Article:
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Symposium on Sustainable Water Management

Ted Svensson, Peder Hjort and Sandra Jakobsson and the Sustainable Water Management Sympoiusm at Eden. Photo: Anais Leclercq
Panel discussion at the symposium, with panellists Ted Svensson and Peder Hjort and Sandra Jakobsson as moderator. Photo: Anais Leclercq

In the end of April, SASNET co-organised a symposium addressing the importance of sustainable water management in India, Bangladesh, and Sweden. The symposium was organised in collaboration with the non-governmental organisation Svalorna India/Bangladesh and Peder Hjorth, Associate Professor at the Division of Water Resources Engineering, Lund University. 

The symposium took place at Eden Lecture Hall and was organised in accordance with the Sustainability Week in Lund and brought together three different perspectives on sustainable water management.

SASNET Director, Ted Svensson, presented a research project that he is presently involved in: “Divine Ganges, Profane Development: Sacred Geographies and the Governing of Pollution”. He described how the project, so far, has confirmed that people varyingly attribute religious and secular conceptions to the Ganges/Padma. These conceptions, in turn, have implications for the sustainable management of the river:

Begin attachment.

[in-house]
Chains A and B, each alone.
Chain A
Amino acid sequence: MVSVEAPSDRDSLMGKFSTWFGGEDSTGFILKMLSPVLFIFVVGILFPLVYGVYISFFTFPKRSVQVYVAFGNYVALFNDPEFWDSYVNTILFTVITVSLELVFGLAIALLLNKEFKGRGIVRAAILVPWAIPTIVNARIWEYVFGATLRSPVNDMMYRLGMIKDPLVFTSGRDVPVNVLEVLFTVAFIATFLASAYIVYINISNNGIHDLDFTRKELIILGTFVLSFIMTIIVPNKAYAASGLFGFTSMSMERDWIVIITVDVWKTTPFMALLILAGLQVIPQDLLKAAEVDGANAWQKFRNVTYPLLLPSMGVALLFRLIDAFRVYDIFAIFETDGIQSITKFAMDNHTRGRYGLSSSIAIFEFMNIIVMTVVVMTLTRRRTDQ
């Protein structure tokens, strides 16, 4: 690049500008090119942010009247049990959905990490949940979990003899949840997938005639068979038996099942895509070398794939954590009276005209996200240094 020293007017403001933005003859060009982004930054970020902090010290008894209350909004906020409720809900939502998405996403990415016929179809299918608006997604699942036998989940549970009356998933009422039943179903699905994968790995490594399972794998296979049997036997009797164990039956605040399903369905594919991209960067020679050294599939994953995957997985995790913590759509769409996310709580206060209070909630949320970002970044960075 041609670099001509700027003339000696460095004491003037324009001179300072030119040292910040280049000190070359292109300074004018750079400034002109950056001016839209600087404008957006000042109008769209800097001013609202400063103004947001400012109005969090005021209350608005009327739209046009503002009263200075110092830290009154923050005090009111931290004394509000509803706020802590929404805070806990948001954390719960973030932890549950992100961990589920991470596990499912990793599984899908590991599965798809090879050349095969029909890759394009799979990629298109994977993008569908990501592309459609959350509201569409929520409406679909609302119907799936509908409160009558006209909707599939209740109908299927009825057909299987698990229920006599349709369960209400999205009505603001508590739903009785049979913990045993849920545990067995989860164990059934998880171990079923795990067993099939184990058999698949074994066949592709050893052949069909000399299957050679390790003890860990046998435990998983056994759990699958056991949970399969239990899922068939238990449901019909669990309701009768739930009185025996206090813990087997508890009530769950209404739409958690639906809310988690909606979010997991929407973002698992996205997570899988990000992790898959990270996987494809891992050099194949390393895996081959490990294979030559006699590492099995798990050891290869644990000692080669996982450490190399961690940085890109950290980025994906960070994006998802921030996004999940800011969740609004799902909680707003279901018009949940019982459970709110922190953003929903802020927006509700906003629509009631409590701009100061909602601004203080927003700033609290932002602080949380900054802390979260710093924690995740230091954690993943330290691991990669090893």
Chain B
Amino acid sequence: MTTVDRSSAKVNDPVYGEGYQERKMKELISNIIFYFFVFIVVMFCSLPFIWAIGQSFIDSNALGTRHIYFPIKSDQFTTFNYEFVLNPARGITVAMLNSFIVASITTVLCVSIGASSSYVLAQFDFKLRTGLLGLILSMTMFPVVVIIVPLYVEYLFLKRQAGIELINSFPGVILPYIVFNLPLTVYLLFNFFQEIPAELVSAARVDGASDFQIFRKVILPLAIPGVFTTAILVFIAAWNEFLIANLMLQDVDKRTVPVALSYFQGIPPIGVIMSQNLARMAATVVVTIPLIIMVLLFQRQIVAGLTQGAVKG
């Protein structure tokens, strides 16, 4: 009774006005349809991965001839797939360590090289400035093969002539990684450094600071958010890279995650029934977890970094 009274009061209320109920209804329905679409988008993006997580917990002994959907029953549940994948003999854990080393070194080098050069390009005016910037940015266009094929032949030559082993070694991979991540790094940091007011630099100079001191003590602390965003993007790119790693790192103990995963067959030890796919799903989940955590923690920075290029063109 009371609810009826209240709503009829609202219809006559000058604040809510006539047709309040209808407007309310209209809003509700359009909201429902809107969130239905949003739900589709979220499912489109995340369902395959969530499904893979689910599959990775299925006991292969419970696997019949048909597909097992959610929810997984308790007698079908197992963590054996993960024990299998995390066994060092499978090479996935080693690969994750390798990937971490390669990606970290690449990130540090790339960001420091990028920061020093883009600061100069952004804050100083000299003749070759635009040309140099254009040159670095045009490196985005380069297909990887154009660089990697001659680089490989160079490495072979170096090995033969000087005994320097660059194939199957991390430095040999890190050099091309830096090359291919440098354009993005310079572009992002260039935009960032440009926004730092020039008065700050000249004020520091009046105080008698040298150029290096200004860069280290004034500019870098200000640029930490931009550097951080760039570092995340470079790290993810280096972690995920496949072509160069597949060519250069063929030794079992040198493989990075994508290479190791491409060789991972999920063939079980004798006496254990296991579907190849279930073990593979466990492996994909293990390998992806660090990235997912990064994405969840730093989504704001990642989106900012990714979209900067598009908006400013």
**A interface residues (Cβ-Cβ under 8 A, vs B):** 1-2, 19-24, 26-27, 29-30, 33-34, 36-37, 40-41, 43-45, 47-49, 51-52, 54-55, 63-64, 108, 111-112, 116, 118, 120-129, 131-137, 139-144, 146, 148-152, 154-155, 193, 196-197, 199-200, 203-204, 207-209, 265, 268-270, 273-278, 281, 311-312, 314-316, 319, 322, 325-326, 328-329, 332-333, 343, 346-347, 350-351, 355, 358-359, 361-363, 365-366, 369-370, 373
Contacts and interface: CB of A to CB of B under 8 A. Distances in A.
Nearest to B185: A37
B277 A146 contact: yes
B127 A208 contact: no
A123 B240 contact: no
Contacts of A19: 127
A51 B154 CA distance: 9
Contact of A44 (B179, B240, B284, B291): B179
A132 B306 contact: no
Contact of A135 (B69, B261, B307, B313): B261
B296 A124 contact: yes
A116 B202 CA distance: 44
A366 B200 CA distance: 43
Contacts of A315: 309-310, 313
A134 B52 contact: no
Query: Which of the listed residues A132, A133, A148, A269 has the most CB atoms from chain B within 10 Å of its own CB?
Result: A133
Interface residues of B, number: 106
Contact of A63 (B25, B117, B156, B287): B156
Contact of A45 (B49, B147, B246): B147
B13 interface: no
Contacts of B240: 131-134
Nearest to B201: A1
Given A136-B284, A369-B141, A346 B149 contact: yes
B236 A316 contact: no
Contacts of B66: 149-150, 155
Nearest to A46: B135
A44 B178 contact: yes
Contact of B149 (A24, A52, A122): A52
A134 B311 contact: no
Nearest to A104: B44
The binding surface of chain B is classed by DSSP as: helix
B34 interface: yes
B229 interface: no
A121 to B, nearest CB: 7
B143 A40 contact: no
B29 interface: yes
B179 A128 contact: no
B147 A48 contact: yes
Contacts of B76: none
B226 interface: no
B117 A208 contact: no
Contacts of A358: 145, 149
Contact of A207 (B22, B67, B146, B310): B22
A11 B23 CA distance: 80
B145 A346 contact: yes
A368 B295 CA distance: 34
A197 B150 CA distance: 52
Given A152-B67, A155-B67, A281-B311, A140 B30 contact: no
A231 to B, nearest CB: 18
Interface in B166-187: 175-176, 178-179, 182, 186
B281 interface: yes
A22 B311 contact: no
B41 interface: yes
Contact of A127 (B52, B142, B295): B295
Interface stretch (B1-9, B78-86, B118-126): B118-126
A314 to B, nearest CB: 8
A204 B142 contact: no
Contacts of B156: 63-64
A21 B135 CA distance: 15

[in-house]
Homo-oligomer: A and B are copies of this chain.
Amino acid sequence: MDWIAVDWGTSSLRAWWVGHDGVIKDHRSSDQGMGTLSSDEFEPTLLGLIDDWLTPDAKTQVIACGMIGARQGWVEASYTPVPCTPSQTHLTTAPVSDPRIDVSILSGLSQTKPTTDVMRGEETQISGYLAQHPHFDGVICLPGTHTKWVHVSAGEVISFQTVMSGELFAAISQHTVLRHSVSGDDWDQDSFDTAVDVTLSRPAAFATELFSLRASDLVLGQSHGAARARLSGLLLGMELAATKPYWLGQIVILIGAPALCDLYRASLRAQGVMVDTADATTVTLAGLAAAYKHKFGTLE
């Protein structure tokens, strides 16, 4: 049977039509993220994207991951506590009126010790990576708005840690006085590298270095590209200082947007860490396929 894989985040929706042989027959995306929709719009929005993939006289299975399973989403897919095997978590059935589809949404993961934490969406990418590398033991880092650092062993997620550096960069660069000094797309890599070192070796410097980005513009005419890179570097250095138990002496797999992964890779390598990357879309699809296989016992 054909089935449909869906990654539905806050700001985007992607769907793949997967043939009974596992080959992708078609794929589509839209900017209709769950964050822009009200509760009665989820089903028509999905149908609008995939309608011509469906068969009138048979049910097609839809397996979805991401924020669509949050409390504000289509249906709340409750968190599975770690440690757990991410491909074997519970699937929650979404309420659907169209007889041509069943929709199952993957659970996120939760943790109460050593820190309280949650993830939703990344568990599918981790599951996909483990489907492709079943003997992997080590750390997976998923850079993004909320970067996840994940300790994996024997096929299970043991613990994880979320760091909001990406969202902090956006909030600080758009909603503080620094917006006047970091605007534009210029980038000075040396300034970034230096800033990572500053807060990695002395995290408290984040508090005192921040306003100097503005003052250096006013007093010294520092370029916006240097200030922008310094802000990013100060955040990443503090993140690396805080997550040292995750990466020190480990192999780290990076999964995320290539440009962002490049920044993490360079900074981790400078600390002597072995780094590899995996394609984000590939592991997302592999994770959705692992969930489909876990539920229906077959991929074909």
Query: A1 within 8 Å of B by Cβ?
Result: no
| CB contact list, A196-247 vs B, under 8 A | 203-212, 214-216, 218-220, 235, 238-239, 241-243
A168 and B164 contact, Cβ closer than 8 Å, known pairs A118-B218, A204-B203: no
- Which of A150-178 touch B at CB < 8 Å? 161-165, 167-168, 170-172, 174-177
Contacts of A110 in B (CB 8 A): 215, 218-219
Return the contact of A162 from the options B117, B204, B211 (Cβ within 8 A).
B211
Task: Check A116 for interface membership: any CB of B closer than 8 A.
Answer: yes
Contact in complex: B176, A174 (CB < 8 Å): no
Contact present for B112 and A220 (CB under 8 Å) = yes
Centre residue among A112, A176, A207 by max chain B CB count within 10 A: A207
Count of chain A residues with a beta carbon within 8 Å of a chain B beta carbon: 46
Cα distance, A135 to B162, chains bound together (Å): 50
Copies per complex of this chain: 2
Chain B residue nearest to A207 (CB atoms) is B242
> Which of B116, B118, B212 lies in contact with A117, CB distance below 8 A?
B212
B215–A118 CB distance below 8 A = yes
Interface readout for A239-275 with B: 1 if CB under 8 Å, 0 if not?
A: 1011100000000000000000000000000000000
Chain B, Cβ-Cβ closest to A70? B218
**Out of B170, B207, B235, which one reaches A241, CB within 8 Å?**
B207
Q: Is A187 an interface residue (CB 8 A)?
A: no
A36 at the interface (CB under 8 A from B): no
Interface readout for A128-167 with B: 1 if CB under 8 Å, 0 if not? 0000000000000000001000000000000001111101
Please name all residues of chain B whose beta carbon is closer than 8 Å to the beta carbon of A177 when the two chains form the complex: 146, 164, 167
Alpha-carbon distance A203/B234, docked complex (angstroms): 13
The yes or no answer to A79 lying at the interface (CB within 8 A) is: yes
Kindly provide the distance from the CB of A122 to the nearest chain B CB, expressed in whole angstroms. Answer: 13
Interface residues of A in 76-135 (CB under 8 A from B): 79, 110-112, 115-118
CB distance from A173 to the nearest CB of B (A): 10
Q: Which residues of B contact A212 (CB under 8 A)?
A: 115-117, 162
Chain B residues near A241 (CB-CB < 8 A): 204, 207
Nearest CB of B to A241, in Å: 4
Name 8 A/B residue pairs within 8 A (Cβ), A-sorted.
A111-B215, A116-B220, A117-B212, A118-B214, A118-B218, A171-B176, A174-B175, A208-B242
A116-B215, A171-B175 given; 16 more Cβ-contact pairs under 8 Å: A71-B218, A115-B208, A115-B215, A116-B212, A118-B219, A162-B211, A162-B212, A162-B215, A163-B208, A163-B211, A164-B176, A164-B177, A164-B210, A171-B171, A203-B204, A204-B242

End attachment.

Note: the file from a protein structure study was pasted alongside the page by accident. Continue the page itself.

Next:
Ted Svensson speaking at the symposium. Photo: Anais Leclercq
Photo: Anais Leclercq

- It affects environmental attitudes and state attempts to control, make use of, and clean the river. It is also the case, however, that even those who approach the river from a more secular perspective ascribe it with qualities that go beyond how humans relate to and impact on it, Ted Svensson describes. 

Other speakers during the symposium included Jyotsna ('Jyoti') Krishnakumar, Director at Keystone Foundation, who spoke about “Sanitation and Urban Water Management in India” and Peder Hjorth, “Water Supply - Struggles in Sweden”. The symposium concluded with a panel discussion, in which the participants discussed challenges and tensions in the field of water management, from a Swedish and Indian/Bangladeshi perspective.